Eminent Domain Stuff
New London Update (2/24/06)
Coverage of the Rally at New London's City Hall (w/ pics)
Thursday, September 29, 2005
Two Eminent Domain Bills In CT
From The Day (subscription required).
Lawmakers To Review Two Eminent Domain ProposalsFrom these sparse descriptions it would appear that the state legislatures are still going with the idea that economic development falls within the concept of public use. So far I'm not terribly encouraged, but we'll just have to wait and see what the bills actually look like when I can get my hands on them.
The legislature's Judiciary Committee has scheduled a public hearing next week on two proposals to revise the state statutes concerning eminent domain.
The committee, which will meet at 2 p.m. on Thursday, Oct. 6 at the Legislative Office Building in Hartford, will review two draft bills it generated after public hearings this summer, triggered by the storm of criticism following the U.S. Supreme Court's decision in the case of Kelo v. New London.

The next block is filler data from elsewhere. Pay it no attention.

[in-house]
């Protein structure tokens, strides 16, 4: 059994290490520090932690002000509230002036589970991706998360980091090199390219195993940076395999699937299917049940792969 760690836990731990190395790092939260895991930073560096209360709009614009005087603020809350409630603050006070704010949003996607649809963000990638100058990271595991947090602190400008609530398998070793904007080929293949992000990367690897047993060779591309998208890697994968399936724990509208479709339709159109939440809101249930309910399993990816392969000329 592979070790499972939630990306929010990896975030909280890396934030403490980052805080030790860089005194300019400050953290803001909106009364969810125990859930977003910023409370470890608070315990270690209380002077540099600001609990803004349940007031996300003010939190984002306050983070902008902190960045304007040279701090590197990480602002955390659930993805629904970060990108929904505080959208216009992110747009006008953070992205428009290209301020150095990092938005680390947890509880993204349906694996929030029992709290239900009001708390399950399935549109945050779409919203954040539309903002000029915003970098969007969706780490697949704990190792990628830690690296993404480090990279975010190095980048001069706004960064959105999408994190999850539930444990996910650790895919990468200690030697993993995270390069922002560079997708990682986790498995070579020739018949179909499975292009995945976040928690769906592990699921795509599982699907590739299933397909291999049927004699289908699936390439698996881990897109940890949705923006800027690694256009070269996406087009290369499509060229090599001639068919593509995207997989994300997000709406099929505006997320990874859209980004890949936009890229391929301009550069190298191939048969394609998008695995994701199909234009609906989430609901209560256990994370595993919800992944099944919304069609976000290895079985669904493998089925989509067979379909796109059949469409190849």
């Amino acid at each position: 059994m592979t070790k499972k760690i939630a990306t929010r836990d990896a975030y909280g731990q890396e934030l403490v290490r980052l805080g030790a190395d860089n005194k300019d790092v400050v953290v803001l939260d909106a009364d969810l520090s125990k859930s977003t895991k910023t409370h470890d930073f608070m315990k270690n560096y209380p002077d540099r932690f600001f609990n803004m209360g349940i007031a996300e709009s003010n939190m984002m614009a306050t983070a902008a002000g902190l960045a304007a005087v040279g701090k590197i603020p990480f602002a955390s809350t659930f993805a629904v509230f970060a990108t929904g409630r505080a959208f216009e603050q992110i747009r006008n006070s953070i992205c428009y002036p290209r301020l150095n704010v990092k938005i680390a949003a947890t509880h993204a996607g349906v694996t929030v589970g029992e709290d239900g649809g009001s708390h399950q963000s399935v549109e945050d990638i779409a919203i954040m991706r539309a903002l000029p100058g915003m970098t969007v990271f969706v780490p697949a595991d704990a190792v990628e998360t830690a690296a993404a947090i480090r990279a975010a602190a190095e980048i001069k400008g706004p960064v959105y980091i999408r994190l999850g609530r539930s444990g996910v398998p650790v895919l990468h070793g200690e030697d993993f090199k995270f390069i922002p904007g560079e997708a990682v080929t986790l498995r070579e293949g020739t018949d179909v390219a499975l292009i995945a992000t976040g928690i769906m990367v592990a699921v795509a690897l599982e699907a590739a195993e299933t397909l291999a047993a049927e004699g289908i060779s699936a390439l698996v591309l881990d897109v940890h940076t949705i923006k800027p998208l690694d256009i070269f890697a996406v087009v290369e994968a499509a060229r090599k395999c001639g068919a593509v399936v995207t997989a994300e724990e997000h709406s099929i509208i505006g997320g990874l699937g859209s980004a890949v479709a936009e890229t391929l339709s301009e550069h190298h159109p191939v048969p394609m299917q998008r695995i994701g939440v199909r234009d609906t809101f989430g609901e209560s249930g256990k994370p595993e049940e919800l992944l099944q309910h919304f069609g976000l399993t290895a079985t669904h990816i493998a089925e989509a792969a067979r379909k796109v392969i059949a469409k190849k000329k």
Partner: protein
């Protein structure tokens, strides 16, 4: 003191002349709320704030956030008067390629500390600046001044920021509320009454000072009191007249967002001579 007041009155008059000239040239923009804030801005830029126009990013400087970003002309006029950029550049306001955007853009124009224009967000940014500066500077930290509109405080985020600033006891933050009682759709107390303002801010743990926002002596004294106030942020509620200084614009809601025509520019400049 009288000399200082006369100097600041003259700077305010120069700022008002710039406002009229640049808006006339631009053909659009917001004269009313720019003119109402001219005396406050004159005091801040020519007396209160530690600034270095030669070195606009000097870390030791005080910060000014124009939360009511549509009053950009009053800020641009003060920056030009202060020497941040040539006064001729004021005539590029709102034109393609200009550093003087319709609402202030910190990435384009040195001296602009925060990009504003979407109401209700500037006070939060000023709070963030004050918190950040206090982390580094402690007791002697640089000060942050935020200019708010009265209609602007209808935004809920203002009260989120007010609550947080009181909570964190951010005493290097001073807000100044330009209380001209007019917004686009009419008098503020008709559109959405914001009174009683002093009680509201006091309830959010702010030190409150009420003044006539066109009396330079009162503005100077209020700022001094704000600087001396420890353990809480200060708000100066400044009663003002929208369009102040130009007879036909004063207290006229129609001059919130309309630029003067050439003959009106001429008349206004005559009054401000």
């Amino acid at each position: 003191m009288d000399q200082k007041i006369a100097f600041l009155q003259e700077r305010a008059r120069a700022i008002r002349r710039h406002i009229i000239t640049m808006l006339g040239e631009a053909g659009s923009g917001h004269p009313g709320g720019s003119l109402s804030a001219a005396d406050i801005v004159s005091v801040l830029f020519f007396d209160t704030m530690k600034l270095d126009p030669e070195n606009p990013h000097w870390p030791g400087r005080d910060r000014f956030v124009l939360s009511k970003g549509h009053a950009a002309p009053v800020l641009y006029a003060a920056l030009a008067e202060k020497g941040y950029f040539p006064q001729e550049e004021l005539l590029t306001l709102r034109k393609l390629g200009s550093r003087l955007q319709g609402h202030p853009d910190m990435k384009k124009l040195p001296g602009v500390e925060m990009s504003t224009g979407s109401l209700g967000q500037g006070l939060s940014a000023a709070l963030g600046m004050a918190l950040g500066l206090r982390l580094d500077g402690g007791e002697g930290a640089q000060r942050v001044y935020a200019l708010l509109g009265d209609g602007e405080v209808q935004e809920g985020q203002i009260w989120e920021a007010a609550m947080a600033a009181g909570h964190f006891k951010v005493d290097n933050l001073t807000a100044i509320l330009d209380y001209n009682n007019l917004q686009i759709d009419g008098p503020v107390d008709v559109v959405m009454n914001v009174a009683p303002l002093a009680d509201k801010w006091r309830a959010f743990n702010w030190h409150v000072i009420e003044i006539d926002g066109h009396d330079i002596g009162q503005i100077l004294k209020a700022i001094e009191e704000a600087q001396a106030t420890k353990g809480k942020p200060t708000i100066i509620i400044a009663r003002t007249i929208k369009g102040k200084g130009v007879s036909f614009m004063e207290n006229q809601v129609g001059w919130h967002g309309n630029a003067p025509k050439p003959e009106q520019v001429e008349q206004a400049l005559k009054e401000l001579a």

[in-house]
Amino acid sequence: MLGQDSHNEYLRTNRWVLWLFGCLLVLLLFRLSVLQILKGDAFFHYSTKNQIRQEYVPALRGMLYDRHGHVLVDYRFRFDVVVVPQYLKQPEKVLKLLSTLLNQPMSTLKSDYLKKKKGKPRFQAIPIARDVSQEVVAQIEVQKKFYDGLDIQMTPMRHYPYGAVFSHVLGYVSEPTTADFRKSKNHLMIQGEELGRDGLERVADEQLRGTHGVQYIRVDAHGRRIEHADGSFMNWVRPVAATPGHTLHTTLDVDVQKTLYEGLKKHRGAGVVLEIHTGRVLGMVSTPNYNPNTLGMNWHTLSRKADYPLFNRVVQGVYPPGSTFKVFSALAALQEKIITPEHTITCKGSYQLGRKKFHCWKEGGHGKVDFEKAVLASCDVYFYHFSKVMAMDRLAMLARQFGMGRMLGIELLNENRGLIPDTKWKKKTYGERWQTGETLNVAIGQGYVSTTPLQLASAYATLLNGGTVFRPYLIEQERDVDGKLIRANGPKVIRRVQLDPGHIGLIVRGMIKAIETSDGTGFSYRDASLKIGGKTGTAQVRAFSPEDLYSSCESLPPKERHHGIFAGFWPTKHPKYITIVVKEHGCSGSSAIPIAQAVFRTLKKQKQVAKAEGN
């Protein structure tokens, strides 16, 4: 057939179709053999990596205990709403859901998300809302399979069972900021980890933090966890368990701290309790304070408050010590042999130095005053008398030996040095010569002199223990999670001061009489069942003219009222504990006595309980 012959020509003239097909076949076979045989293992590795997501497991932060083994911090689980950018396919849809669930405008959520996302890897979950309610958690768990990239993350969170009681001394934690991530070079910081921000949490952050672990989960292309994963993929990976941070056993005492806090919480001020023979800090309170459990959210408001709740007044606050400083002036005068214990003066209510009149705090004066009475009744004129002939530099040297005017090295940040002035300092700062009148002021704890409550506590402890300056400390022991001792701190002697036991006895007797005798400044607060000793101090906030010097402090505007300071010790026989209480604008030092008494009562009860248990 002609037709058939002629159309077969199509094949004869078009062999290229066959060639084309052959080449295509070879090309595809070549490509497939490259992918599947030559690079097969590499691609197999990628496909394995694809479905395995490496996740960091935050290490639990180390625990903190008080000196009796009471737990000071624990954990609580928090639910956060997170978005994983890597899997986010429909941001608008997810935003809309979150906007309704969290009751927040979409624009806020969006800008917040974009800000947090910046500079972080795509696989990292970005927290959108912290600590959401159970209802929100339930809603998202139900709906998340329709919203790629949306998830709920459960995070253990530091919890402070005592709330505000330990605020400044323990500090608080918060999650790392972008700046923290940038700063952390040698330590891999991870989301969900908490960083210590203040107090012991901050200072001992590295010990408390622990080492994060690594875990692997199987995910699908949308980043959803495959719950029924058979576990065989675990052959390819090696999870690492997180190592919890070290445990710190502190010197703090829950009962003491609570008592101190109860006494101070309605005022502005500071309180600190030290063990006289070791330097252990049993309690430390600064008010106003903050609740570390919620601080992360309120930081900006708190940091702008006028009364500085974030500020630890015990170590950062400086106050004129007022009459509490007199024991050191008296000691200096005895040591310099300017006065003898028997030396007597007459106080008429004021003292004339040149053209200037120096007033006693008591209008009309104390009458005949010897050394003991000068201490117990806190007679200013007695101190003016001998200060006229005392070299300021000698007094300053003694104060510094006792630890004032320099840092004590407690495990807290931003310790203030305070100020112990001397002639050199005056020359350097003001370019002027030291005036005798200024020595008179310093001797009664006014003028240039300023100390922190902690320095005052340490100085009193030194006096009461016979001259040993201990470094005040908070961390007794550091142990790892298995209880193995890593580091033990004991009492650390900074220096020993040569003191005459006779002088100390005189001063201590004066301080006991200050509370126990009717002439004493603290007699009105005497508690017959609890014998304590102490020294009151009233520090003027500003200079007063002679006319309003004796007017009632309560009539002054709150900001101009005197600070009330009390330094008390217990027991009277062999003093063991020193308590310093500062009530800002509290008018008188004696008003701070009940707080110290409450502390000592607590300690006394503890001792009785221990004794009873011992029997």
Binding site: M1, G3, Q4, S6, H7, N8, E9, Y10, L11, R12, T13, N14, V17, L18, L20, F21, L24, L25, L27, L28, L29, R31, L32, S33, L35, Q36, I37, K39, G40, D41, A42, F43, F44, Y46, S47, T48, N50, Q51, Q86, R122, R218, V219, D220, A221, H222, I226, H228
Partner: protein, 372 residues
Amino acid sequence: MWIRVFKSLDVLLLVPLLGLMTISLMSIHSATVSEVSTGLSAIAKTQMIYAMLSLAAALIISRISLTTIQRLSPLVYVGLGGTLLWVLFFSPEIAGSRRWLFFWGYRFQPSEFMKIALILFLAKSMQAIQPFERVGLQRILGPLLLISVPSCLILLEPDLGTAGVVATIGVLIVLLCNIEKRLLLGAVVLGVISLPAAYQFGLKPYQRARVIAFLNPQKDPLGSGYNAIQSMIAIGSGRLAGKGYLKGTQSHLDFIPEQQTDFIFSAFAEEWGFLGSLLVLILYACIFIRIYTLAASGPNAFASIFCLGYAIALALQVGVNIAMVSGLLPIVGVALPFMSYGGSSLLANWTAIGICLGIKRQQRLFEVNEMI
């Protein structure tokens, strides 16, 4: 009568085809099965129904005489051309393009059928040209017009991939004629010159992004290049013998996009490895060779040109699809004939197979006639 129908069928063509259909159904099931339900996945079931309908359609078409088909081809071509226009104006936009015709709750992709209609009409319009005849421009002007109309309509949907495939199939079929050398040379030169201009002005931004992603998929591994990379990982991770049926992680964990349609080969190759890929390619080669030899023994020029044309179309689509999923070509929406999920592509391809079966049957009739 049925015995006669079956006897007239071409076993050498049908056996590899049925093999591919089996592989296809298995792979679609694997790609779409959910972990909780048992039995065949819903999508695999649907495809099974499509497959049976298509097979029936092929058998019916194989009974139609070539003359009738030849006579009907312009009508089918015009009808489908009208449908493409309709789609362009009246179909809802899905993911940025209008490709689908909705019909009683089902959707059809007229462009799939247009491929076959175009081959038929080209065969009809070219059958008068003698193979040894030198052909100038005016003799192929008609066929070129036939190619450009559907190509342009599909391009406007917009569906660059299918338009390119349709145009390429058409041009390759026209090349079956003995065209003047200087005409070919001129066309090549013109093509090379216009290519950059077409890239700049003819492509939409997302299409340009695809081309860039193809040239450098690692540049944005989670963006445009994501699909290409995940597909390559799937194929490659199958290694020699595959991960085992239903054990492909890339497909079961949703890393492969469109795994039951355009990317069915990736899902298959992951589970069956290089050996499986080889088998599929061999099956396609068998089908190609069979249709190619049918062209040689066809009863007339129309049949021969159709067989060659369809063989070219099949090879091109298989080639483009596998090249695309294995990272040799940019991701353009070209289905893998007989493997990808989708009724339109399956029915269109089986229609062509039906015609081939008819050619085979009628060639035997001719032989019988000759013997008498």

The first proposed bill would essentially rewrite the statute used by the state and the New London Development Corp. to condemn the properties in the Fort Trumbull neighborhood for purposes of economic development.
The new language would add numerous procedural requirements. One of those would add a new check to development agencies like the NLDC, requiring a municipality to evaluate whether the agency's development plan meets all the necessary criteria for public benefit and has a “reasonable expectation” of success before voting it up or down.
The second draft bill, which Lawlor said was “arguably more important,” would apply to all of the numerous clauses dealing with eminent domain throughout state statutes. The bill would require that every usage of the takings power for economic development be subjected to a three-pronged test showing that it is part of “an integrated development plan that has substantial and significant public uses or public benefits,” that it is not solely for the benefit of a private party, and that the taking is “reasonably necessary” to carry out the plan.